REVIEW: Nightingale

Thank you to NetGalley and Harlequin TEEN for providing me with an advanced copy in exchange for an honest review.

I have now read three out of four of Amy Lukavics’s books and I have to say that she is my absolute favourite horror author of all time.

First off, there is definitely not enough teen horror in the world, but Lukavics’s writing surpasses a recommended reading age. Every single one of her books is a different sub-genre of horror and yet never falls in line with tropes to the sub-genre of the work. Daughters Unto Devils was pure A24 arthaus horror aesthetic as well as one hell of a messed up ride in the times of settlers. The Women In The Walls was a gothic gore-fest and every time I thought I knew how it was going to end, the entire dynamic of the story shifted. Nightingale is no less genius.

The entire time I was reading Nightingale, my filmmaker brain wouldn’t shut up and I kept thinking that the best way to describe this book is if body horror master David Cronenberg decided to remake all of those black and white sci-fi classics from the 40s and 50s but with a badass lead who knows in her very bones that she is destined for far more than the life of a housewife.

Told in a non-linear fashion (which we all know, I’m a sucker for), the story follows June Hardie during her time in an asylum and her time at home. At home she is stifled by the gender roles of the time, and in the asylum she struggles with reality itself. Having made friends with other patients, June is truly forced to dig into her own mind and figure out what is happening.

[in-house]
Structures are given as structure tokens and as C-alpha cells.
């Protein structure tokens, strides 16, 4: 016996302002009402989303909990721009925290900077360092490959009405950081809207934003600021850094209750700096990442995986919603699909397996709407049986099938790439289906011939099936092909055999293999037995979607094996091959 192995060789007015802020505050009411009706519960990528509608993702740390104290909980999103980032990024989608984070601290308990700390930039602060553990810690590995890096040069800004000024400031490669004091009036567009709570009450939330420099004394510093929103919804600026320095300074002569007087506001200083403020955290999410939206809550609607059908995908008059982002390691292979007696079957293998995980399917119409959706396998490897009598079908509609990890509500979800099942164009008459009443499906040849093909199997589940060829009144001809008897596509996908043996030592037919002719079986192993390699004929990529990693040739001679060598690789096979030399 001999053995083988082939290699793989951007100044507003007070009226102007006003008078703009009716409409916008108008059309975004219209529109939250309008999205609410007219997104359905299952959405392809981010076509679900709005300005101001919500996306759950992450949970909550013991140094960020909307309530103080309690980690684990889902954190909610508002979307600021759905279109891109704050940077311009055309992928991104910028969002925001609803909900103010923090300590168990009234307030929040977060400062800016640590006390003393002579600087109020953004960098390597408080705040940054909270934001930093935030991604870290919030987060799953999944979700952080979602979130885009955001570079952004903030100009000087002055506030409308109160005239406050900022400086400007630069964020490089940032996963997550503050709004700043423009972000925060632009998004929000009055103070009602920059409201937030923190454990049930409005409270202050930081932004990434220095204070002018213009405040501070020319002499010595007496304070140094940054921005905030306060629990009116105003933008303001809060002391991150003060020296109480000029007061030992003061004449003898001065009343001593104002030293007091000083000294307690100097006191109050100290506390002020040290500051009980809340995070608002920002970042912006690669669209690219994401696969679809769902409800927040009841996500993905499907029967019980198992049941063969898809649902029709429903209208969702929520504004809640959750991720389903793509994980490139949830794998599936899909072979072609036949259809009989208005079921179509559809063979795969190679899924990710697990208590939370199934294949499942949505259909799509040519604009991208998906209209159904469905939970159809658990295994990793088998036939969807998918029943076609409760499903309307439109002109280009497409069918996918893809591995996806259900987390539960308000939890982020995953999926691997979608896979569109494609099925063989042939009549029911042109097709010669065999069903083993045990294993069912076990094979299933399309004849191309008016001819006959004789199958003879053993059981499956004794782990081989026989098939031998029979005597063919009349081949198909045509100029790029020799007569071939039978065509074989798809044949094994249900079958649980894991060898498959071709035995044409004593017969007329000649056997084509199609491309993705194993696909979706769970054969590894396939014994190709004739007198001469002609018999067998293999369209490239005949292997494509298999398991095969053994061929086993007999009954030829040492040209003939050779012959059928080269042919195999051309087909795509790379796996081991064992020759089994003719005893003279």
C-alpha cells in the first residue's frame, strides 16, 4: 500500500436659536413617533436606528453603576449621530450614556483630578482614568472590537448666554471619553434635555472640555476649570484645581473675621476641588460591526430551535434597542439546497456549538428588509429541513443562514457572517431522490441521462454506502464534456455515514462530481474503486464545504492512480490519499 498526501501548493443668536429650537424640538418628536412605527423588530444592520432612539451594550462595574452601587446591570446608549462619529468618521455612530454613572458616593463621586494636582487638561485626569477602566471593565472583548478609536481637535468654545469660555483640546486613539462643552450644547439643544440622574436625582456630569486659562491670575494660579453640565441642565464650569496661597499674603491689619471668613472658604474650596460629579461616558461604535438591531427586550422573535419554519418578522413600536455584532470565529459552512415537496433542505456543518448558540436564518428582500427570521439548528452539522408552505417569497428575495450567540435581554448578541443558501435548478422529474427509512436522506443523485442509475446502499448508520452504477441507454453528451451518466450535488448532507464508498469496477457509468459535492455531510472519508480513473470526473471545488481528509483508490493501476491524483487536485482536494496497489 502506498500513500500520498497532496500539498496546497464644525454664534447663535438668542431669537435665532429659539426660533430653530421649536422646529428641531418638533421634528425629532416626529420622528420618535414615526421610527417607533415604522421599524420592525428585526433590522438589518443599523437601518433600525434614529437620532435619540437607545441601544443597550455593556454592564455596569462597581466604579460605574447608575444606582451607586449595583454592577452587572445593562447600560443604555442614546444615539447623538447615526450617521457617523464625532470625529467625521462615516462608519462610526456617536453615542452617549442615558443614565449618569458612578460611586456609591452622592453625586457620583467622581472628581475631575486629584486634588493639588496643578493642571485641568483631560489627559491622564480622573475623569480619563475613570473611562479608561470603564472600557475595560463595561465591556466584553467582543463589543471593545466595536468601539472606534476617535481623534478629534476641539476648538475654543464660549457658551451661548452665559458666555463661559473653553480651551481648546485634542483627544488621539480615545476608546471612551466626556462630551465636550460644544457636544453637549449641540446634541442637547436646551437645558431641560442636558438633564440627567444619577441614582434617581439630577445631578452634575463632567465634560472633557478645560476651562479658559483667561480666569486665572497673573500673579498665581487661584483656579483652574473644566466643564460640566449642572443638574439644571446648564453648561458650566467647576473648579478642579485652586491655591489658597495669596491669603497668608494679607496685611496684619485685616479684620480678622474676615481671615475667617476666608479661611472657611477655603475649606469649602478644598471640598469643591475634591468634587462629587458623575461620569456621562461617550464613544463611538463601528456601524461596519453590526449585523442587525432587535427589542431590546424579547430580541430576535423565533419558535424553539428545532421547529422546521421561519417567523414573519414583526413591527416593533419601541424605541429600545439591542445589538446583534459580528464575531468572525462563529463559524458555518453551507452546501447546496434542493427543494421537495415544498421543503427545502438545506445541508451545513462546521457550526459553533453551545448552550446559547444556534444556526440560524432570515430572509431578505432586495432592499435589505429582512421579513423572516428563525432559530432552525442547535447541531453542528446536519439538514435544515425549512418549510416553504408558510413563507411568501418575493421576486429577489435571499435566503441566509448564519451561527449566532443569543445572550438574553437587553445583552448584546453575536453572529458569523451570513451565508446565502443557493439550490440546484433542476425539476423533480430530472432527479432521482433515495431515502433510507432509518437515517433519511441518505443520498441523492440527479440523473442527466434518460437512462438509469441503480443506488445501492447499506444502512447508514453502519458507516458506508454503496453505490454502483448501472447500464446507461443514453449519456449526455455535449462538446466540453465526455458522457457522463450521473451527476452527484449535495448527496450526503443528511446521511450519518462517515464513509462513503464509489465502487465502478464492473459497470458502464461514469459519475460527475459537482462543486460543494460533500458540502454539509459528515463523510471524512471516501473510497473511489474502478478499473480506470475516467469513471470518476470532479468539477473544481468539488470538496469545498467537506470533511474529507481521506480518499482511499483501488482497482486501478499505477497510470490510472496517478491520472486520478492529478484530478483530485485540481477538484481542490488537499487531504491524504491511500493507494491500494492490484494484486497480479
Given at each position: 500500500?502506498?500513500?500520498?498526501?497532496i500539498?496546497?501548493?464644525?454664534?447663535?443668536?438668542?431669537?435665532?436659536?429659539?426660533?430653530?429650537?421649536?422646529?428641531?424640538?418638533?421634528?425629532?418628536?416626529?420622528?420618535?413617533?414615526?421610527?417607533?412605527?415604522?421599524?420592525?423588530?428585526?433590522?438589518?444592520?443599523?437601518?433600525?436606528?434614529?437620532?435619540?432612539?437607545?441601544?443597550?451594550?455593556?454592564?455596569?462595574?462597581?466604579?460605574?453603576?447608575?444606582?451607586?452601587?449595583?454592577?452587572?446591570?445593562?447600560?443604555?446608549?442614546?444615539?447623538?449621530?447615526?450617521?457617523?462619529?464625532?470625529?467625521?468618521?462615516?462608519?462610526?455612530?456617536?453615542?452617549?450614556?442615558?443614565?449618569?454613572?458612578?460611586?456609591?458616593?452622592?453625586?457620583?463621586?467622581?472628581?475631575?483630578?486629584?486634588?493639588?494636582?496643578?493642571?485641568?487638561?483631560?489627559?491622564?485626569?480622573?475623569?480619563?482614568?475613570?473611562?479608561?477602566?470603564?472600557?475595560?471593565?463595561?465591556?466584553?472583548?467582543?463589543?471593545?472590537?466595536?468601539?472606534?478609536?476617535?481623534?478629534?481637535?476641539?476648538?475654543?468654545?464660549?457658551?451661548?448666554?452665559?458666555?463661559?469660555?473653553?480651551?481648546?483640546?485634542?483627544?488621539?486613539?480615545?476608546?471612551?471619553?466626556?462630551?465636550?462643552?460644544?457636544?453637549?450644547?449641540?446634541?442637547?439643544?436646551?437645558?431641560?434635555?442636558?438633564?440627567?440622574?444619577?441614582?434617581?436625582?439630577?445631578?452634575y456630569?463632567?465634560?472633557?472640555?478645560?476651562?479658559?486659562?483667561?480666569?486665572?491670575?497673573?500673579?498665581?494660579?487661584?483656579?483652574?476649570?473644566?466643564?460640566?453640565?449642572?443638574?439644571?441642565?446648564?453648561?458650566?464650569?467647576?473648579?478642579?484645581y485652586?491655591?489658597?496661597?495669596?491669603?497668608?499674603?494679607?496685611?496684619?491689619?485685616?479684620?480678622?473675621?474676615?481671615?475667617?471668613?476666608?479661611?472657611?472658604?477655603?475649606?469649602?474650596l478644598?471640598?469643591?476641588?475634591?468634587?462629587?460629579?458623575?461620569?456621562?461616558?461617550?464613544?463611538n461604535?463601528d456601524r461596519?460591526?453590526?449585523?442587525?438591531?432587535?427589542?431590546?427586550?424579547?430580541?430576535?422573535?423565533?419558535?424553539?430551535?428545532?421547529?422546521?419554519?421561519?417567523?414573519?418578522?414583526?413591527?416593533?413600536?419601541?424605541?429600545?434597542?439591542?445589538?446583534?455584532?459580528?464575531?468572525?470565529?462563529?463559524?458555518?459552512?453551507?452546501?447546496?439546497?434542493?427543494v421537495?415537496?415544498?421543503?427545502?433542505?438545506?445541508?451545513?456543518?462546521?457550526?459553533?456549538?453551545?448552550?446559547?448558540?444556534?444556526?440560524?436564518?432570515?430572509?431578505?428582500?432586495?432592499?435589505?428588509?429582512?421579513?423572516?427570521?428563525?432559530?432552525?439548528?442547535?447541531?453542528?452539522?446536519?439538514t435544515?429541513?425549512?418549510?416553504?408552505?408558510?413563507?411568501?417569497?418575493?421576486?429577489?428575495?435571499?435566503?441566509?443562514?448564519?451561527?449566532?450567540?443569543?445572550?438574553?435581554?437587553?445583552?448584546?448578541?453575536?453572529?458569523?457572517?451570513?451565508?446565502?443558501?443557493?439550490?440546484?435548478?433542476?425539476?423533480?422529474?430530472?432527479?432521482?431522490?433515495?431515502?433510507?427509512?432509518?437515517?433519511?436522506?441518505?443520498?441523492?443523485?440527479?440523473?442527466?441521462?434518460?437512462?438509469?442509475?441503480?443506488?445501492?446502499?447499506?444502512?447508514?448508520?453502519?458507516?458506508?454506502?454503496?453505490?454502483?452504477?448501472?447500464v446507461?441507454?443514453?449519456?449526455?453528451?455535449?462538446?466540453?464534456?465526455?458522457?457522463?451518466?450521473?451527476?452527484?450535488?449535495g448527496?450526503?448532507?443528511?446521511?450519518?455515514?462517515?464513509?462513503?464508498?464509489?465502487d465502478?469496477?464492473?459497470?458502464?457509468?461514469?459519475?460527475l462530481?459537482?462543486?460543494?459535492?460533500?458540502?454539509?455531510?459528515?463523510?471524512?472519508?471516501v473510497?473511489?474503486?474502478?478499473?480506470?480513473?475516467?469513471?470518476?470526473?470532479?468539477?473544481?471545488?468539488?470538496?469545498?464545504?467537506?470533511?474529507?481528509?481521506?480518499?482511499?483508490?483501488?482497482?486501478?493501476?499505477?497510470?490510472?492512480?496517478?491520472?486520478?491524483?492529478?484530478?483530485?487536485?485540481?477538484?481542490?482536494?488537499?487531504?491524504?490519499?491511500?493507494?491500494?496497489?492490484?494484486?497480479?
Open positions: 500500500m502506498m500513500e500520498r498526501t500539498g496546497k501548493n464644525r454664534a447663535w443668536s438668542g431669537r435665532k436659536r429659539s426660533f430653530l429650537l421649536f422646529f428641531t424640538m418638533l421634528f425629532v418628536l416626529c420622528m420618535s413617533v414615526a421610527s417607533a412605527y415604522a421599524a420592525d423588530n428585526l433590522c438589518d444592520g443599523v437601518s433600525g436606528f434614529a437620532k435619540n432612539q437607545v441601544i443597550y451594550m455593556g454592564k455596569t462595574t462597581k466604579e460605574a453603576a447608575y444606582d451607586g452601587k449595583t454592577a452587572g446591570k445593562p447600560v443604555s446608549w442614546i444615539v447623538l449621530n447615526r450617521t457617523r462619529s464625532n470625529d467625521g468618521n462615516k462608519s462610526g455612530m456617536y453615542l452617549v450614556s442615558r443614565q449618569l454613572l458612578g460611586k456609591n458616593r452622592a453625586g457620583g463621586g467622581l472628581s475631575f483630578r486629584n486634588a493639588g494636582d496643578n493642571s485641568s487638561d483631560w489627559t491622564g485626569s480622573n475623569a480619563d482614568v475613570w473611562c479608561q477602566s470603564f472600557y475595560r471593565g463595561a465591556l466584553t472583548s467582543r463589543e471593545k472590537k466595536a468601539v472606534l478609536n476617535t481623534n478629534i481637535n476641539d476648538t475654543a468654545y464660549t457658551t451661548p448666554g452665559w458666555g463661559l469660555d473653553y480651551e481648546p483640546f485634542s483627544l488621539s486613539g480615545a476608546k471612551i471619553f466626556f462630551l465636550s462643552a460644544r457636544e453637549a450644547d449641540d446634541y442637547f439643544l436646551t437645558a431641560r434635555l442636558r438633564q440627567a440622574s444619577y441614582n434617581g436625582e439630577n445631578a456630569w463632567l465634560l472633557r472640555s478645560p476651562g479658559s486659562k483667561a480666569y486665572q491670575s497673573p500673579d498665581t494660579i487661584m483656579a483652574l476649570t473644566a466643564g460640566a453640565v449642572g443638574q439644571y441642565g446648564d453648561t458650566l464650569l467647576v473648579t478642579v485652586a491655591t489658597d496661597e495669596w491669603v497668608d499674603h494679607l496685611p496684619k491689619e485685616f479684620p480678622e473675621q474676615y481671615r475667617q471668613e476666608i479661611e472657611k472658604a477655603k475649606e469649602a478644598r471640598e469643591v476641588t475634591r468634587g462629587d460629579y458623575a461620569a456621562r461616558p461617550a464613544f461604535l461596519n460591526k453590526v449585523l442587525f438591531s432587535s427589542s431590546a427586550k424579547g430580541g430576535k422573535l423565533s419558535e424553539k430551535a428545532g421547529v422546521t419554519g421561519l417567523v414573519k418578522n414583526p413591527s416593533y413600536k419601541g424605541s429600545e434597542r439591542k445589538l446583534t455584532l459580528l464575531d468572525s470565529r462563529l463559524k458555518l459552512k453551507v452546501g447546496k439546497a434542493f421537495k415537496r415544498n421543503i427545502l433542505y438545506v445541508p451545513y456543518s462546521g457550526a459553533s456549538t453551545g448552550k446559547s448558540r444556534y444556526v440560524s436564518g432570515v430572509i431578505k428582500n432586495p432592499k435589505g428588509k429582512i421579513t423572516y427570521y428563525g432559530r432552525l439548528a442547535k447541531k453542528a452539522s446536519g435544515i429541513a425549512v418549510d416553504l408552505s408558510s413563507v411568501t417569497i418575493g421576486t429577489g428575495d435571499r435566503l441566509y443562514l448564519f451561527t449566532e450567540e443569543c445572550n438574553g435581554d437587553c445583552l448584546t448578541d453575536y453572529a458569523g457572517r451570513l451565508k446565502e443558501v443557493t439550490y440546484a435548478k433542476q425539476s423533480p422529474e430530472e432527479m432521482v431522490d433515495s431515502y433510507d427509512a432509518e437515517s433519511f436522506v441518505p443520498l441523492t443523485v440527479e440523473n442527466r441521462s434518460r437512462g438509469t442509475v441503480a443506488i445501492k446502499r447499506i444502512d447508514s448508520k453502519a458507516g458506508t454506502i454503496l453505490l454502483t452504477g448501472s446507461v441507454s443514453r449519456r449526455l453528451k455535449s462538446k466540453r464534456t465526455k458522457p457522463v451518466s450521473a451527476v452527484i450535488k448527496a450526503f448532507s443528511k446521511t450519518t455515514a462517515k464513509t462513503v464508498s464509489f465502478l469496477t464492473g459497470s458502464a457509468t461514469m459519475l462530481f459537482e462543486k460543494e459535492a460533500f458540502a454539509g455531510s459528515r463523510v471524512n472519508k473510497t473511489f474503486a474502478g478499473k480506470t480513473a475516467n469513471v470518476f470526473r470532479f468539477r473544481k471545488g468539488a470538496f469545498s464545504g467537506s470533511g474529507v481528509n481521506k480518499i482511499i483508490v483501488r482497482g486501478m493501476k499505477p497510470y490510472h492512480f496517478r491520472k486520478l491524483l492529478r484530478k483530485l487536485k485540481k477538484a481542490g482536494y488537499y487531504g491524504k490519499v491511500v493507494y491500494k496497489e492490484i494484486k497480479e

I adored this story. It was dark, it was bloody, and it was trippy as hell. I have come to expect the unexpected from Amy Lukavics, but that still doesn’t make her hard hitting endings predictable in the least. As well as being a sci-fi/horror/retro story, she takes all of the problems with gender roles and beats the reader with them so there is no way anyone could possible think “But what’s wrong with staying home all day?” while also not necessarily looking down upon being a housewife. It’s a fine line to walk and this story did it wonderfully. The story does get graphic and there were some cases where it made me entirely uncomfortable but I wouldn’t call it excessive and it only adds to the atmosphere and the pure terror that this story conveys.

Nightingale is available in stores everywhere on September 25th, 2018.

37004950Author: Amy Lukavics
Published: September 25, 2018
Pages: 384
Publisher: Harlequinn TEEN
ISBN: 9781335012340

Synopsis: At seventeen, June Hardie is everything a young woman in 1951 shouldn’t be–independent, rebellious, a dreamer. June longs to travel, to attend college and to write the dark science fiction stories that consume her waking hours. But her parents only care about making June a better young woman. Her mother grooms her to be a perfect little homemaker while her father pushes her to marry his business partner’s domineering son. When June resists, her whole world is shattered–suburbia isn’t the only prison for different women.